August 16, 2020

Essential Doc Reads: Week of August 10, 2020

From Werner Herzog's 2005 film 'Grizzly Man.' Courtesy of Lionsgate

Essential Doc Reads is our curated selection of recent features and important news items about the documentary form and its processes, from around the internet, as well as from the Documentary magazine archive. We hope you enjoy!

On the occasion of the 15th anniversary of the premiere of Werner Herzog's Grizzly Man, IndieWire's Eric Kohn rounded up the crew to share their reflections on making this 2000s classic. 

Werner was obsessed with Treadwell as a loon, Treadwell as this Klaus Kinski type. He didn’t want cuddly nature stuff; he wanted Treadwell going wacko. I had our loggers go through the 90 hours of Treadwell footage and look for stuff where he goes wacko with a rating between one and five stars. Werner only looked at the ones that had three stars or more.

IndieWire's Tambay Obenson talks to the great filmmaker Charles Burnett about how filmmaking can make a difference in this unique moment in American history.

"I look forward, hopefully, that something really amazing will come out of storytellers that talk about this particular period, because this is probably one of the most unusual periods that we’ve confronted in every respect," he said. "With this pandemic, we don't know at this moment who’s going to live or die. And it’s frightening in a way — the politics and everything behind it, and the fact that this diverse group who are protesting together about Black lives is very interesting and exciting."

Writing for Hyperallergic, Cydnii Wilde Harris shares some of her favorite works from the Black Lives Matter Video Essay Playlist.

We hope that the Black Lives Matter Video Essay Playlist will uplift the work of minority creators and their allies, serve as a resource for those eager to learn about the impact of the movement, and demonstrate that change is not only possible but inevitable.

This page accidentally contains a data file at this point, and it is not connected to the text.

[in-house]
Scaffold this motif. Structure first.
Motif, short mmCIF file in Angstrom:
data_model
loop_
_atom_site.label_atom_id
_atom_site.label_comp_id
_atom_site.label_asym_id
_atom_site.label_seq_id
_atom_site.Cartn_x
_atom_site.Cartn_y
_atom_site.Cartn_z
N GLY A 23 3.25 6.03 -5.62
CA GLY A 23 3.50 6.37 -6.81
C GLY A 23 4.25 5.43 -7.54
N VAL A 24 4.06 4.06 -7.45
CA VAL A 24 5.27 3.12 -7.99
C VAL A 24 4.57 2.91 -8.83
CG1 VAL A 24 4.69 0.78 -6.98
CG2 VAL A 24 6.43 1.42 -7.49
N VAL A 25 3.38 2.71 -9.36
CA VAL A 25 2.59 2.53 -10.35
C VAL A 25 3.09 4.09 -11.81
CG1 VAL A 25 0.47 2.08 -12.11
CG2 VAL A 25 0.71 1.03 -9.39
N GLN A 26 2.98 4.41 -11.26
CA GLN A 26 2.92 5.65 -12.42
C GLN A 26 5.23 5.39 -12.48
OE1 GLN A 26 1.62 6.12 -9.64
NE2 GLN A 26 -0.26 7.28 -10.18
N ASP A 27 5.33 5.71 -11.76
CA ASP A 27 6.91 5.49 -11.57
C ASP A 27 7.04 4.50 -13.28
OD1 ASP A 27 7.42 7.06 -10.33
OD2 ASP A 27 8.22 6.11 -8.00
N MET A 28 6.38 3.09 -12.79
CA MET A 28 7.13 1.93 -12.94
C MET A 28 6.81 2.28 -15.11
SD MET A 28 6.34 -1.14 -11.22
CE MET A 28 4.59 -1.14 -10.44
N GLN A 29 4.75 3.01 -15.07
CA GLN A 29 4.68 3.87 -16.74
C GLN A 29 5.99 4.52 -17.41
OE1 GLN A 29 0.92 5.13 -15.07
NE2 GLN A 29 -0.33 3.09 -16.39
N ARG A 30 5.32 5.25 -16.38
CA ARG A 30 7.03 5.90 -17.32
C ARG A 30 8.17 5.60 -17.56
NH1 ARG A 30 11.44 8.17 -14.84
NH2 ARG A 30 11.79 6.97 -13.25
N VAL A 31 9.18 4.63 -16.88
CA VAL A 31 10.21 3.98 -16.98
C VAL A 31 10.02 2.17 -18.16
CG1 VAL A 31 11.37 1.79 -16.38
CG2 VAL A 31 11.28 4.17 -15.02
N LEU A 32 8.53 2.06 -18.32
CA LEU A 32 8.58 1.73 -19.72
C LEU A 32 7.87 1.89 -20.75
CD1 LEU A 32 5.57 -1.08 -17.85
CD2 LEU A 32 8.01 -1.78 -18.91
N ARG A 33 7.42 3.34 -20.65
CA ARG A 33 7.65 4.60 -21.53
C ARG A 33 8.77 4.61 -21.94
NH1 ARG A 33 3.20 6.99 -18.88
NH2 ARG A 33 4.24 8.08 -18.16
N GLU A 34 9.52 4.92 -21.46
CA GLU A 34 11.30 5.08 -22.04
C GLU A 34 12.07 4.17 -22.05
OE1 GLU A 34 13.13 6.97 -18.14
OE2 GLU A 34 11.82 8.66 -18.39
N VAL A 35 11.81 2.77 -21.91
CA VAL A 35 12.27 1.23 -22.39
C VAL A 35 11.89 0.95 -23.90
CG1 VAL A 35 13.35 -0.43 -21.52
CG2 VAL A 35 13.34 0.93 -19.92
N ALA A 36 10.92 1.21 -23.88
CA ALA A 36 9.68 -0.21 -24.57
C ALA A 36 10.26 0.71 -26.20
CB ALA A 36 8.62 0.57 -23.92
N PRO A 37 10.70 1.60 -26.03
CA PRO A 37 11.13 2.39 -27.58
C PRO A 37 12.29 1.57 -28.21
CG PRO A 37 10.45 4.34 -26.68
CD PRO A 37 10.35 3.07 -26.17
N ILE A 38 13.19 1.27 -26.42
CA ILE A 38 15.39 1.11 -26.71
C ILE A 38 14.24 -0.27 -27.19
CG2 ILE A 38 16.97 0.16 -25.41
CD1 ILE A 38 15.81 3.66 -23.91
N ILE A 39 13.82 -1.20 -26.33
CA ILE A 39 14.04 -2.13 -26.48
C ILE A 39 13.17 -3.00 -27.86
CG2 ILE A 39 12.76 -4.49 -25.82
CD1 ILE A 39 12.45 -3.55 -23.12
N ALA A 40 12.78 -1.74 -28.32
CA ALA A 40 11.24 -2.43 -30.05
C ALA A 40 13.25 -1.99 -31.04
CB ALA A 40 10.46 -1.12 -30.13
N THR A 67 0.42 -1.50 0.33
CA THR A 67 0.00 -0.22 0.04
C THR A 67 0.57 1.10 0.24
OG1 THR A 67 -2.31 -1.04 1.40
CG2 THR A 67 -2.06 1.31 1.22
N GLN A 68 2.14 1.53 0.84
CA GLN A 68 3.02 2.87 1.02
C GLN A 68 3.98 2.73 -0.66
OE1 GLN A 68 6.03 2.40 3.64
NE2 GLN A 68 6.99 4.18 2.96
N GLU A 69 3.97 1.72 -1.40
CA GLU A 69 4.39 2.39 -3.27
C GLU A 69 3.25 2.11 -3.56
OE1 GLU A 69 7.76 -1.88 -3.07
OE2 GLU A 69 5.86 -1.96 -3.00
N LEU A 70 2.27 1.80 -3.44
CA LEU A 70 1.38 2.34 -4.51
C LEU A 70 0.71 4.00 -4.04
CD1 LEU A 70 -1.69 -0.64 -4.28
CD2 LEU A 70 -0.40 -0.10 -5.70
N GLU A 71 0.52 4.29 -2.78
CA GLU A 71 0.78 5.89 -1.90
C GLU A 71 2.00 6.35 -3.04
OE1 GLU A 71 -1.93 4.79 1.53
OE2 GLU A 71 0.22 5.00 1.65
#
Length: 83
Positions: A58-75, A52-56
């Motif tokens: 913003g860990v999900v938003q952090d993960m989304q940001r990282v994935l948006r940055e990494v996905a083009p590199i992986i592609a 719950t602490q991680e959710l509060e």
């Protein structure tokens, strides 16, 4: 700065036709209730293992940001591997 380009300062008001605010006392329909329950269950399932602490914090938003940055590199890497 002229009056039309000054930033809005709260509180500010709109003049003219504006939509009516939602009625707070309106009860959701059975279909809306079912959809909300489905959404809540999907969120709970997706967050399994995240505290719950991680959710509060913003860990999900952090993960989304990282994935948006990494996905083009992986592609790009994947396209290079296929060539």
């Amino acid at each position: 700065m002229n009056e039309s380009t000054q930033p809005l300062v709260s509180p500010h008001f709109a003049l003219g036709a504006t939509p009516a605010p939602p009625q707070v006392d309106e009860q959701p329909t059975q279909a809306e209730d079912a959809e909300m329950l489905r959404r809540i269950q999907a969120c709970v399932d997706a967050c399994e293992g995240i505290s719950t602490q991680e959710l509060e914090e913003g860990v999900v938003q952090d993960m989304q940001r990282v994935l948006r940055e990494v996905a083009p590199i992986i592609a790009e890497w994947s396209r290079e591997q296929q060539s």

Writing for the CAAM blog, Rashda Khan interviews filmmaker Nadia Shihab about her creative process and how COVID-19 and the Black Lives Matter movement have impacted her thinking about next steps.

Yet, she also finds hope in our current circumstances and is energized. "I'm inspired by how cross-racial solidarity is happening in ways that feel deep and confrontational to our own internalized racism. Asians for Black lives. Arabs for Black Lives," Shihab said. "I hope this doesn't end at surface-level tokenism or allyship, but actually pushes through to dismantle what's oppressive and build something better in its place."

Realscreen's Jillian Morgan reports on Sheffield Doc/Fest’s recent online convening of international funders, who discussed new directions in commissioning, distribution and audience.

New York-headquartered Ford Foundation’s Chu-Hui Yang said there are "real asymmetries in terms of how power is negotiated" in the documentary industry. One thing that Ford, alongside supporting filmmakers and film service organizations, feels really strong about is supporting criticism in documentary reporting," he explained.

Following AFI Fest's announcement of a virtual edition in October, Mark Olsen of the Los Angeles Times speaks to AFI Festival Director Michael Lumpkin about the benefits of an online rendition.

Lumpkin also noted that "a virtual festival really kind of democratizes the festival" for the way it makes it possible for audiences and also filmmakers who cannot physically make it to the festival site to still participate, allowing for increased access overall.

Writing for No Film School, Paolo Mugnaini discusses how to get the best out of a documentary interview.

Interviews are one of the most challenging tasks because you have to take the on-camera talent to a comfortable place where they will eventually open up and become vulnerable. More often than not, you are dealing with real people who might have little to no experience, or people who are not used to expressing themselves on camera. 

From the Documentary Magazine Archives, Winter 2014 issue: Playback: Werner Herzog's Grizzly Man

It would have been tempting to ridicule his doomed subject, Timothy Treadwell, a man who "tried to be a bear," as one interview subject tells us. Instead, Herzog crafts an ingenious tribute to error, and by probing what some might consider madness, he finds a complex exegesis of civilization itself.

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2020 Outfest®  Los Angeles LGBTQ Film Festival Goes Virtual


New York Film Festival Announces Full Slate


Variety Names Clayton Davis as Film Awards Editor 


Richard Bright, BBC Studios Executive Producer, Dies at 51